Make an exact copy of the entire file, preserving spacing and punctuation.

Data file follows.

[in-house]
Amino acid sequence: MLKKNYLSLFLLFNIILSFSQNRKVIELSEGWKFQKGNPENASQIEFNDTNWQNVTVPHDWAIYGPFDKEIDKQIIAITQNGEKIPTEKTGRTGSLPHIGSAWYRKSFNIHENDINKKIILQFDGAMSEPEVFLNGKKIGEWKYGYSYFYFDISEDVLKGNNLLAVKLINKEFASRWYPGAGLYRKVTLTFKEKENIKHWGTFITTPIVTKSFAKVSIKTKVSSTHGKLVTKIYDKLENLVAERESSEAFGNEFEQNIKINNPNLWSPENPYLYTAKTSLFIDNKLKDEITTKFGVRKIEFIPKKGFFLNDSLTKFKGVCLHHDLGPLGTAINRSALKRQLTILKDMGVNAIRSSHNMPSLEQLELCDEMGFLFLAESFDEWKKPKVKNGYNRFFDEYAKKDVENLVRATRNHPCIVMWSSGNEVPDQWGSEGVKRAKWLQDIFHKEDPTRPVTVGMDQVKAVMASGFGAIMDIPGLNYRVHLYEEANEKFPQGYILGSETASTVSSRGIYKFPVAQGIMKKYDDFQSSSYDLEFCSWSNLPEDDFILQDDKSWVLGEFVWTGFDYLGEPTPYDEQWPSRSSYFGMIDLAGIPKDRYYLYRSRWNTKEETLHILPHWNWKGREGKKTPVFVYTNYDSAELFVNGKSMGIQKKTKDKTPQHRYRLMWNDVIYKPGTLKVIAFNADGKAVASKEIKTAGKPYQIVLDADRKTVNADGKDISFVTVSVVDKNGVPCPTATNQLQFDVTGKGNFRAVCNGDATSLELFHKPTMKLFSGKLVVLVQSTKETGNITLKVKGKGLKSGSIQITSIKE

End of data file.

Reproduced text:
[in-house]
Amino acid sequence: MLKKNYLSLFLLFNIILSFSQNRKVIELSEGWKFQKGNPENASQIEFNDTNWQNVTVPHDWAIYGPFDKEIDKQIIAITQNGEKIPTEKTGRTGSLPHIGSAWYRKSFNIHENDINKKIILQFDGAMSEPEVFLNGKKIGEWKYGYSYFYFDISEDVLKGNNLLAVKLINKEFASRWYPGAGLYRKVTLTFKEKENIKHWGTFITTPIVTKSFAKVSIKTKVSSTHGKLVTKIYDKLENLVAERESSEAFGNEFEQNIKINNPNLWSPENPYLYTAKTSLFIDNKLKDEITTKFGVRKIEFIPKKGFFLNDSLTKFKGVCLHHDLGPLGTAINRSALKRQLTILKDMGVNAIRSSHNMPSLEQLELCDEMGFLFLAESFDEWKKPKVKNGYNRFFDEYAKKDVENLVRATRNHPCIVMWSSGNEVPDQWGSEGVKRAKWLQDIFHKEDPTRPVTVGMDQVKAVMASGFGAIMDIPGLNYRVHLYEEANEKFPQGYILGSETASTVSSRGIYKFPVAQGIMKKYDDFQSSSYDLEFCSWSNLPEDDFILQDDKSWVLGEFVWTGFDYLGEPTPYDEQWPSRSSYFGMIDLAGIPKDRYYLYRSRWNTKEETLHILPHWNWKGREGKKTPVFVYTNYDSAELFVNGKSMGIQKKTKDKTPQHRYRLMWNDVIYKPGTLKVIAFNADGKAVASKEIKTAGKPYQIVLDADRKTVNADGKDISFVTVSVVDKNGVPCPTATNQLQFDVTGKGNFRAVCNGDATSLELFHKPTMKLFSGKLVVLVQSTKETGNITLKVKGKGLKSGSIQITSIKE